Robert Eggers is a filmmaker who's made a name for himself making beautiful horror films that linger with you. Long after you've left the theater. His 2015 film The Witch premiered at the 2015 Sundance Film Festival to near-universal acclaim. His latest film, "The Lighthouse" stars Willem Dafoe and Robert Pattinson as 19th century sailors. The film premiered at the Cannes Film Festival and has since received rave reviews. Eggers talks to Bullseye about the joys of research down to the finest historical detail, about the uniqueness of the New England landscape and provoking questions in his films. Plus, we find out what scares him the most.

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Soprano Renée Fleming

Known as "America's Diva," Renée Fleming has performed in venues all over the world, singing in acclaimed productions of operas composed by Mozart, Puccini, Verdi, Dvorak and more. She's tackled the world of opera, jazz, country and just about every other music genre. Lately, she's been working on stage in musicals. Her latest, "The Light in the Piazza" just wrapped up in Los Angeles, with productions in Chicago and Sydney on the horizon. Renée talks to Bullseye about managing acoustics, growing up in a musical home and not only cultivating her talent but her image, too. We talk to her about the mental preparation that goes into singing the National Anthem while 50 million people watch from home as Black Hawk helicopters fly overhead.

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Mindy Tucker/Shark Party Media

Comedian Josh Gondelman

We're joined by comedian and admitted "Nice Guy" Josh Gondelman. Josh is a Peabody and Emmy award winning writer for his work on Last Week Tonight with John Oliver. He's currently senior staff writer and producer for Showtime's popular new show Desus & Mero. His new book, Nice Try: Stories of Best Intentions and Mixed Results is a collection of personal essays about the value and drawbacks of being a nice person. Its self-deprecating. It's honest. It's very very funny. Josh Gondelman joins us to talk about his stand-up career. He'll chat about realizing the difference between being a nice person and being a good person, tweeting out millennial Seinfeld references and crafting the perfect roast joke. Plus, we'll talk about intent versus impact in the world of comedy.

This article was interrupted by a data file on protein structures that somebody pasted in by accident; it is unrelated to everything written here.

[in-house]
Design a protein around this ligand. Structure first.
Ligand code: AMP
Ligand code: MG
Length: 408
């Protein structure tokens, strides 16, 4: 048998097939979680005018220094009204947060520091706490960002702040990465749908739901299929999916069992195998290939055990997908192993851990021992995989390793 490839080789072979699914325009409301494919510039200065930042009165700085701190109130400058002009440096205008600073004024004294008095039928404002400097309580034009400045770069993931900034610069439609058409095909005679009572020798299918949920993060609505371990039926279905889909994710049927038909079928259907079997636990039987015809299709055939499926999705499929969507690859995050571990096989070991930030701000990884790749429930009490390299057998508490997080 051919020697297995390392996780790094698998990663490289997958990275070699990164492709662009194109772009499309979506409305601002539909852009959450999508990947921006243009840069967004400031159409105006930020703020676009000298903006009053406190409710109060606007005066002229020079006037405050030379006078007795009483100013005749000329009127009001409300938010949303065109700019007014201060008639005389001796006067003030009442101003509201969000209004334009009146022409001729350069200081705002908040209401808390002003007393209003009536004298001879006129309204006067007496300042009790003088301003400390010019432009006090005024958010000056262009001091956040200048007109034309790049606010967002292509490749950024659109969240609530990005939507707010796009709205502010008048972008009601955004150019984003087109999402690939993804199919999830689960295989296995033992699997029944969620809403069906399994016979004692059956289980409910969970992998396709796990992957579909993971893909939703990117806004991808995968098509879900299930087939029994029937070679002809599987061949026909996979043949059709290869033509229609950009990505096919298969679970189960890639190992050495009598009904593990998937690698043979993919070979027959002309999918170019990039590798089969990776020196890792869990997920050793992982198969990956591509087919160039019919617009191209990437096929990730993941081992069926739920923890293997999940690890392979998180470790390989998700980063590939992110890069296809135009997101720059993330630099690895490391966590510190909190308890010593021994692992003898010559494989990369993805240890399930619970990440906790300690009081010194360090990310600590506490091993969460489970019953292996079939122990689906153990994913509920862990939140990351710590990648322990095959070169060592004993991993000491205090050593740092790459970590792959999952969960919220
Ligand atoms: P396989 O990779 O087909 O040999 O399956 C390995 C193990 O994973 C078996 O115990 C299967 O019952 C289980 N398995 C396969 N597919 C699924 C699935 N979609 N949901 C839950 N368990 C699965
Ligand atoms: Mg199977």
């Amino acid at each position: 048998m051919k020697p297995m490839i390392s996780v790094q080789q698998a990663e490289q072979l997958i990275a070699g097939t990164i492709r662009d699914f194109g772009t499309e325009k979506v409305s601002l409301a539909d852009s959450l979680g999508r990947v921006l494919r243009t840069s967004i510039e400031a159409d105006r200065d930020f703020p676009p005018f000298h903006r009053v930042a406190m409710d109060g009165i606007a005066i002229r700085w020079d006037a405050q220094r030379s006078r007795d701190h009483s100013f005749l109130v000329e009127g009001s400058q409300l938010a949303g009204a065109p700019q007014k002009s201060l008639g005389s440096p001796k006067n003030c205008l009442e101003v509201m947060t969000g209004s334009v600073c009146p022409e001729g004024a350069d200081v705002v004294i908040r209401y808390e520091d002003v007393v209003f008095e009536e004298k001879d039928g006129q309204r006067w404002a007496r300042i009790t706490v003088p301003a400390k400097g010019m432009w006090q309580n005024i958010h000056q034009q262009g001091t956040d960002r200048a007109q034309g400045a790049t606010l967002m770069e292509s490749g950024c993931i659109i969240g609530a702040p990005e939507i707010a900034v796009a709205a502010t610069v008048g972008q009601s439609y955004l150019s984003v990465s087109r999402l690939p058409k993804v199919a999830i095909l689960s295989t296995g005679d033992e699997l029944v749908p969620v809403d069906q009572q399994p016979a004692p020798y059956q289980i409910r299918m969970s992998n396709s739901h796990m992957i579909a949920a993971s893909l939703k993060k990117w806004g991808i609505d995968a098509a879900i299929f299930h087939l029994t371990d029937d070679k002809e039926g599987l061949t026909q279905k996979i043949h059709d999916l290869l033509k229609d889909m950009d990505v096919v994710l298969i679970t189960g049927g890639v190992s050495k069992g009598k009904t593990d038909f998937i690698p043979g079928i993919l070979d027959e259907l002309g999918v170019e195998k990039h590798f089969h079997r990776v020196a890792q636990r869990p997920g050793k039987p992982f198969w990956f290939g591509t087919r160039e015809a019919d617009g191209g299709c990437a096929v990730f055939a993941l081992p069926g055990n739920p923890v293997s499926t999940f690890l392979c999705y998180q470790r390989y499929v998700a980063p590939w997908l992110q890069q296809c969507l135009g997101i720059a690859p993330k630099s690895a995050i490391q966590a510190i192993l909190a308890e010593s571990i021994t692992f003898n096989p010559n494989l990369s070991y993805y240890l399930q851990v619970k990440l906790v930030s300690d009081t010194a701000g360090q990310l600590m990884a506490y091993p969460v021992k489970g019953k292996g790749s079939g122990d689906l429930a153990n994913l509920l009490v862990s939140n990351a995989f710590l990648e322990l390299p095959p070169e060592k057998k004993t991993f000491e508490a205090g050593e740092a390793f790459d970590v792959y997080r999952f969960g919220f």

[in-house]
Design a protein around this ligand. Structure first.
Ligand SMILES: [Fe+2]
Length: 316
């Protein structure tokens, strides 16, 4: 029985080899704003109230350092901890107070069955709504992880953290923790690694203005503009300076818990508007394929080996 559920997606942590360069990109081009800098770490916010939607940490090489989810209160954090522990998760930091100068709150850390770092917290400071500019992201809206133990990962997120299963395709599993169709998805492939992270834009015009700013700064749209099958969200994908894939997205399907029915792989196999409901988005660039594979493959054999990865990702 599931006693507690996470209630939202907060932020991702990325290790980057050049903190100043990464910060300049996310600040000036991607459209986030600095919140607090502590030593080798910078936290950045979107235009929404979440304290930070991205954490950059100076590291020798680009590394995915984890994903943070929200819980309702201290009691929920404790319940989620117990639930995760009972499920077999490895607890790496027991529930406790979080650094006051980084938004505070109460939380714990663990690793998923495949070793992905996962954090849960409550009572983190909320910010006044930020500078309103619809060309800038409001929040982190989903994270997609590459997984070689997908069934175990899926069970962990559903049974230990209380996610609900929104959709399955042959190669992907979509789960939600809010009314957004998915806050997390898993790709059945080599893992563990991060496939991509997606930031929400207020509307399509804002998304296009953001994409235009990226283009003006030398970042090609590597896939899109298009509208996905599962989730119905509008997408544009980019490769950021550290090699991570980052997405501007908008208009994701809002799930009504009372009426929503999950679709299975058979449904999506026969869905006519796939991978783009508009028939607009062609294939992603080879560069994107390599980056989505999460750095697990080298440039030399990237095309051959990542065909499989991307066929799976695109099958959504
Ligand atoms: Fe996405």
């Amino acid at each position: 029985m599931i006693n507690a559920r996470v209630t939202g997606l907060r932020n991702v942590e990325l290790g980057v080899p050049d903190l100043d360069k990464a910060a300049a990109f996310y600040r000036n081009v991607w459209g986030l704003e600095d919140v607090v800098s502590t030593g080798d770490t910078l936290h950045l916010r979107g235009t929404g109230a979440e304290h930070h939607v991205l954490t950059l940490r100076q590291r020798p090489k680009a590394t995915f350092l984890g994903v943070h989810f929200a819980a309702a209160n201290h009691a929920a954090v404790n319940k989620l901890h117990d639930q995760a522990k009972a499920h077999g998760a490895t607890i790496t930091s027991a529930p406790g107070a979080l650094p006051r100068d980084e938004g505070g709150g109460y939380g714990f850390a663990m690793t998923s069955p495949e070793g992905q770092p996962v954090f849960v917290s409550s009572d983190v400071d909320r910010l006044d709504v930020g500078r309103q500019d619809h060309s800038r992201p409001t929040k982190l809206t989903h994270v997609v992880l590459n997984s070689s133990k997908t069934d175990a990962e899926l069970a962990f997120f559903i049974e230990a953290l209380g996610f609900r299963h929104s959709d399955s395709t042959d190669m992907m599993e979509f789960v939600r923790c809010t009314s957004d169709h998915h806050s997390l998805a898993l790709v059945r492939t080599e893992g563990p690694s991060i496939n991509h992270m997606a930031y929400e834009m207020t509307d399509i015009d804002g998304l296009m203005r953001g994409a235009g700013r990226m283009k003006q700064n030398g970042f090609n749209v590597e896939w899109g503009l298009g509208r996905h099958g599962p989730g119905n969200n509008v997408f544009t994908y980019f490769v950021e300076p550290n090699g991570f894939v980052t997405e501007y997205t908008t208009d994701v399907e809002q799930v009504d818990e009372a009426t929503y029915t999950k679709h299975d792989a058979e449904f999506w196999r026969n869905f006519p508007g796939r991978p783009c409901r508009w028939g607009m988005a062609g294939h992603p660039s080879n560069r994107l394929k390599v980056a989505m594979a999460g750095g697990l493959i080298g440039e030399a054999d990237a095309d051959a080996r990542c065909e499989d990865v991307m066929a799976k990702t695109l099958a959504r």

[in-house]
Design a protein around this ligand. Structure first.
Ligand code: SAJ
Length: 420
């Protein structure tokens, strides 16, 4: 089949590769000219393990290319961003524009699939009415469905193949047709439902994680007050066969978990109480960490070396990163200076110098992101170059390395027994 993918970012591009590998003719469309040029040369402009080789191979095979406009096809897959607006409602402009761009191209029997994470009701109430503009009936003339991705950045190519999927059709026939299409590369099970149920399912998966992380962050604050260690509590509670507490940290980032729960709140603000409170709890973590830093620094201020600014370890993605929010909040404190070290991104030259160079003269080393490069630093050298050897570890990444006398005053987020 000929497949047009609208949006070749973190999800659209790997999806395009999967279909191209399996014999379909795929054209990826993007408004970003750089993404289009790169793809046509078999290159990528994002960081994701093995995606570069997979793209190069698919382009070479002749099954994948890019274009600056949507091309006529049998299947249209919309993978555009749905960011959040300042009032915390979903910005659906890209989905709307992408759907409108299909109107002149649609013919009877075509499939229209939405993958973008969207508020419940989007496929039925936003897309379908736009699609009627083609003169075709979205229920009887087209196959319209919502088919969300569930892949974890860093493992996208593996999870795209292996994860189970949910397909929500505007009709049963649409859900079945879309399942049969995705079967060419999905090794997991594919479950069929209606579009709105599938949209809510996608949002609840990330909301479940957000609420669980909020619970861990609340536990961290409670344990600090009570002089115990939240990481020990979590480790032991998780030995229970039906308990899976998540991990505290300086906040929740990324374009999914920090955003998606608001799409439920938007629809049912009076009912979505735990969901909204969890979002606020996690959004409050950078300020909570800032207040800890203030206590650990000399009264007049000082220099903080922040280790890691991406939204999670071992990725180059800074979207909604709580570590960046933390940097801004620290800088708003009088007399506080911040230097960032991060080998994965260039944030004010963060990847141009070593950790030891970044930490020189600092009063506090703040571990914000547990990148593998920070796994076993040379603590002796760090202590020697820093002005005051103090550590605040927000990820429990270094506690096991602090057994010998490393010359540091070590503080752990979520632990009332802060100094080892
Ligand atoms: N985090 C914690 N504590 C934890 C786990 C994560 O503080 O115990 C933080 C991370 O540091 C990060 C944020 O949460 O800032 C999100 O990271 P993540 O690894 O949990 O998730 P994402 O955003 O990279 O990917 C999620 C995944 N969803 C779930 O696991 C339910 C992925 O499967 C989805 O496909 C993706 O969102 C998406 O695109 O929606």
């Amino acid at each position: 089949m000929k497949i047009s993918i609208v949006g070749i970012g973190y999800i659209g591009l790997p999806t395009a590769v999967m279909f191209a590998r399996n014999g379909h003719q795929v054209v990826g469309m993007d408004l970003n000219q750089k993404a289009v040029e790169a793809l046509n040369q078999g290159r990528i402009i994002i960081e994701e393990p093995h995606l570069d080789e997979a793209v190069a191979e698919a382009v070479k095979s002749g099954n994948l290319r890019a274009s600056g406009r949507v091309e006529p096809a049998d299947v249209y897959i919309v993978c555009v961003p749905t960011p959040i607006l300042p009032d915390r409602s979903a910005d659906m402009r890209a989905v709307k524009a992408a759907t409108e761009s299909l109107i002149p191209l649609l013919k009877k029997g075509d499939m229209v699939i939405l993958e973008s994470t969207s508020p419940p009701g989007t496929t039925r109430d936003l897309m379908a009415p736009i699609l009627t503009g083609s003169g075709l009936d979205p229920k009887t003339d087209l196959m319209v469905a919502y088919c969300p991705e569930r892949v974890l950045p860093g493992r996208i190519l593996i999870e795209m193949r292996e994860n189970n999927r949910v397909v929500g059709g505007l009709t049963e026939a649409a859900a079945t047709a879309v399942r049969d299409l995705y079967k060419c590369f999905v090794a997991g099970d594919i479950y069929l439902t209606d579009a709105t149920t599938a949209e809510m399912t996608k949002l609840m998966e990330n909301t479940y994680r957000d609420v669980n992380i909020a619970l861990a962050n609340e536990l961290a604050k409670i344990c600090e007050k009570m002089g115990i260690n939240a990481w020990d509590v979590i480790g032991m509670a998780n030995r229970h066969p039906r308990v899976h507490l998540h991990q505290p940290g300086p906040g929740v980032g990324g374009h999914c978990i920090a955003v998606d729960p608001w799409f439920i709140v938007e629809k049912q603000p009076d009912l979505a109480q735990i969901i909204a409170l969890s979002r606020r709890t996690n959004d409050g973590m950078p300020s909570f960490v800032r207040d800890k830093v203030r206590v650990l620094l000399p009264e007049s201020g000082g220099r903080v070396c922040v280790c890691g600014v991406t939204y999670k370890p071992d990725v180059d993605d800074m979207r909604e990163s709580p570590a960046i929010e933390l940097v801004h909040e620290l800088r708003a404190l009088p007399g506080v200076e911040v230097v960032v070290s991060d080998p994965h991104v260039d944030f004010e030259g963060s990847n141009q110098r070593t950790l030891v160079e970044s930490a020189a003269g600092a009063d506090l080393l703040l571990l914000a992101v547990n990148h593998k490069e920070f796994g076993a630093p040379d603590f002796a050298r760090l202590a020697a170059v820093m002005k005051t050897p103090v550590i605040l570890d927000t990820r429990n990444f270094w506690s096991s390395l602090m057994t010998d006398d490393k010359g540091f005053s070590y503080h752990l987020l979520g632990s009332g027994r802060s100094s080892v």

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Tony Gonzalez at the Maximum Fun studios in Los Angeles, CA. Jesse Thorn/Maximum Fun hide caption

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Jesse Thorn/Maximum Fun

NFL Hall of Famer Tony Gonzalez

He's one of the greatest tight ends in history, but it wasn't always easy. Growing up, Tony Gonzalez was bullied constantly. His first year in the NFL was so tough he almost called it quits. And throughout his career, he never really felt like he could stand up and address his whole team. He's very open about his struggles and sacrifices. Tony's got a new podcast where he invites people in business and entertainment to talk about the often difficult journey to success. It's called Wide Open. It's a show about becoming the best version of yourself – what he calls "leveling up." We'll talk about his new podcast, wretched middle school days, and he'll open up about his time in the NFL.

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AUSTIN, TEXAS - MARCH 11: Chris Morris attends the "The Day Shall Come" Premiere 2019 SXSW Conference and Festivals at Paramount Theatre on March 11, 2019 in Austin, Texas. (Photo by Matt Winkelmeyer/Getty Images for SXSW) Matt Winkelmeyer/Getty Images for SXSW hide caption

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Matt Winkelmeyer/Getty Images for SXSW

Satirist and director Chris Morris on "The Day Shall Come"

Lately, Chris Morris has been basing a lot of his absurdist comedy on real life world events. His new film, The Day Shall Come, is kind of a farce about terrorism and the FBI's efforts to fight it. The film tells a complex and often bizarre story that is almost entirely based on real things that happened in the counter terrorism world. Chris Morris joins us to talk about his new movie. He'll chat about reading court transcripts, talking with journalists, even attending trials to really understand what goes on at the Bureau. Plus, we'll talk about his other brilliant works of satire The Day Today and Brass Eye.

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The Righteous Gemstones' Edi Patterson

Edi Petterson is an actress and comedian. She's a veteran of the Groundlings sketch group and we can not stress this to you enough: she is super funny. She currently co stars alongside Danny McBride, John Goodman, Walton Goggins and Adam Devine on HBO's The Righteous Gemstones where she plays the hilarious Judy Gemstone. We talked to Edi about losing herself in improv, playing John Goodman's daughter and her experience with megachurches. Plus, she talks to us about being introduced to horror films at an early age. Maybe too early? Don't miss this episode!